Probably the easiest and most expedient would be to collapse the two beans into one and make it session scoped. The worry, of course, is that this bean will not get removed and stay in session until the session times out. Yay Memory leaks!

The other solution would be to pass the date on as a GET parameter. For instance, you action method could call the

FacesContext.getCurrentInstance().getExternalContext().redirect("pageB?d9=" + convertDateToLong(d9));

and then get the parameter on the other side.

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Well, I guess I should've planned the coding better in advance, but I will try this "passing the parameters" workaround and see if it just keeps the application working. I still don't get (and don't like) JSF... :( –  Manrico Corazzi Jul 2 '09 at 8:33
    
JSF raw, in its current incarnation, has its share of faults. Definitely true. The Navigation model being one of the biggest ones. However, the component based concept is really good IMO and the frameworks I play with (Seam, Facelets, IceFaces and sometimes RichFaces) allow me to get around the issues with JSF. Seam, IMO, is a killer app for JSF. If you're going to do prolonged JSF development, I highly recommend you take a look at seam. –  Drew Jul 2 '09 at 13:25
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  1. Add commandButton action attribute referencing to B'insert method

<h:commandLink action="#{b.insert}" value="insert"/>

  1. In B'insert method,add d9 parameter as request parameter. Then return an arbitrary string from insert method.

FacesContext fc = FacesContext.getCurrentInstance();
fc.getExternalContext().getRequestMap().put("d9", d9);

  1. Then go to faces context and add navigation from B to A with "from-outcome" as the arbitrary String you returned from insert method. But don't add redirect tag to navigation tags as it will destroy the request coming from B and the parameter you added (d9) will be cleared.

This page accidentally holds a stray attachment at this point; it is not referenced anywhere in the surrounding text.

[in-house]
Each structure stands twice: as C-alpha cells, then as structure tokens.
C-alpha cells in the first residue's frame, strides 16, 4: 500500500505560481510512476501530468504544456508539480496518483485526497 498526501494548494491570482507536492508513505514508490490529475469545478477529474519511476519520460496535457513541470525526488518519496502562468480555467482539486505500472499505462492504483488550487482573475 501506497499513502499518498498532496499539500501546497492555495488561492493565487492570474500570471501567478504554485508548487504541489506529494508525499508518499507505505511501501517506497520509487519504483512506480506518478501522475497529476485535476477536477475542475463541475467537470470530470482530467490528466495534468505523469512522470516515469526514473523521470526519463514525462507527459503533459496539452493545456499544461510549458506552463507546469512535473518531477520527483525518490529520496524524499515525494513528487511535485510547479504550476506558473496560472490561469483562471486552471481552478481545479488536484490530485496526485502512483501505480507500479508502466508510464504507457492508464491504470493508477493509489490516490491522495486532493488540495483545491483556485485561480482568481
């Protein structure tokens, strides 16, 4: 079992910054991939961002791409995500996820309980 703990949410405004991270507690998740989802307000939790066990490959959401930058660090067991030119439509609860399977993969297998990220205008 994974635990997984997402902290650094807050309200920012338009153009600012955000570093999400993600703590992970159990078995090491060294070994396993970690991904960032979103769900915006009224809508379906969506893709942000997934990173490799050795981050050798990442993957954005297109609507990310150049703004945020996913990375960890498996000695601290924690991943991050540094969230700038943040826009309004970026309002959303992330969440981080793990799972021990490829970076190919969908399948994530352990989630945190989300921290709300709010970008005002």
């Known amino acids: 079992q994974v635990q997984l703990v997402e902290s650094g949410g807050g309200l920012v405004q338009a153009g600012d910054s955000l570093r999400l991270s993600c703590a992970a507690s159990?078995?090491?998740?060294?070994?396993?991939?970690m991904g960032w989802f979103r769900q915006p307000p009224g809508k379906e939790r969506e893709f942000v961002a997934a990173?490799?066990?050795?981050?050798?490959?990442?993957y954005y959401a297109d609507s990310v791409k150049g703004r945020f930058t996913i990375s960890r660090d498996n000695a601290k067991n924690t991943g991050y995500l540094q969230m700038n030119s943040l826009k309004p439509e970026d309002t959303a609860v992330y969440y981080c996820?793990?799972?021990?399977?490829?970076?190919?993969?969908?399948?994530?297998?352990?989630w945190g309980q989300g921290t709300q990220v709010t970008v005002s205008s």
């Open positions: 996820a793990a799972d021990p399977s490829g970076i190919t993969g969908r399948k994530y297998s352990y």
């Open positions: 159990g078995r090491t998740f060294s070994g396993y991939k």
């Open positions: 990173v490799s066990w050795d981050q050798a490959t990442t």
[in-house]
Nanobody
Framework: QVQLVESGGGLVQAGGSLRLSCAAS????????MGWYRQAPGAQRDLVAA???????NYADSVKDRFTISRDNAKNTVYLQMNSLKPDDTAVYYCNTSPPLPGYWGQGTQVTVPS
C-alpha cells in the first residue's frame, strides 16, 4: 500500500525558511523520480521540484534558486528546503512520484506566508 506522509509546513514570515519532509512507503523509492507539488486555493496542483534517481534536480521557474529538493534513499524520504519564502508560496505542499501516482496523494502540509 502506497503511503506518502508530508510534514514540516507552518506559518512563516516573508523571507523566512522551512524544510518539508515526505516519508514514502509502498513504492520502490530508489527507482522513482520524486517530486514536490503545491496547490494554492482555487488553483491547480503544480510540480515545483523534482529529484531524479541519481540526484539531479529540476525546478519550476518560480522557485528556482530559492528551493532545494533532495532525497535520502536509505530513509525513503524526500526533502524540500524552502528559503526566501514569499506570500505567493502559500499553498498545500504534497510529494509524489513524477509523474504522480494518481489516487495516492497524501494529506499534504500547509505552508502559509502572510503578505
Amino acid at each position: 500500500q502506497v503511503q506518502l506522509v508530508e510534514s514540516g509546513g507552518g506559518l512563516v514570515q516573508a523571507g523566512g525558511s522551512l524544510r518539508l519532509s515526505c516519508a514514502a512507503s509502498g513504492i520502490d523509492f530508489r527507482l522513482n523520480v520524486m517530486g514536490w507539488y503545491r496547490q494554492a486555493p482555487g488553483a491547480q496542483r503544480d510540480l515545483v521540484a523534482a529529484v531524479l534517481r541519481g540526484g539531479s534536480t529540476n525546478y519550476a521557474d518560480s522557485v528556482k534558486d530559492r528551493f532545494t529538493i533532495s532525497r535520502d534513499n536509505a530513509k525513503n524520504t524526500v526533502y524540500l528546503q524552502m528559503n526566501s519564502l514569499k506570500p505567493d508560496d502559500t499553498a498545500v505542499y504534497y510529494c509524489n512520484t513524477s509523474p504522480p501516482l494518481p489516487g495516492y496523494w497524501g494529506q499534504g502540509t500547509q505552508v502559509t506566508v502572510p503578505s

<from-outcome>return string of insert method</from-outcome>
<to-view-id>address of A</to-view-id>

  1. Then you might get the "d9" in A class by fetching it from request map at its constructor or in a place where its more appropriate (getters). You might add it into a session scope or place it to a hidden variable if you want to keep track of it later.

in class A, when page is navigated, A should be initialized as it will be referenced.

FacesContext fc = FacesContext.getCurrentInstance();
fc.getExternalContext().getRequestMap().get("d9", d9);

Sorry i cant give full code, as i have no ide at here, its internet machine at work. I could not give details therefore.

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I will try this. Though I don't like the idea of working around the JSF mechanics, I think that just may be the only way. –  Manrico Corazzi Jul 2 '09 at 8:32
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In my opinion, the simplest way is 3-rd option - have both query and insert methods in same class. And you can do something like that:

public String query () {
//... 
}

public String Insert() {  
 //insert
return Query(); }

If your classes are managed Beans you can load class A from class B and call A.query() in your insert method at the end. Also class A can have

<managed-bean-scope>session</managed-bean-scope>

parameter in faces-config.xml and it wouldn't be instantiated again when loaded.

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Session scoping the beans is fine, but just be careful about getting rid of them otherwise your memory can get eaten pretty quick for large numbers of users. –  Drew Jul 2 '09 at 13:26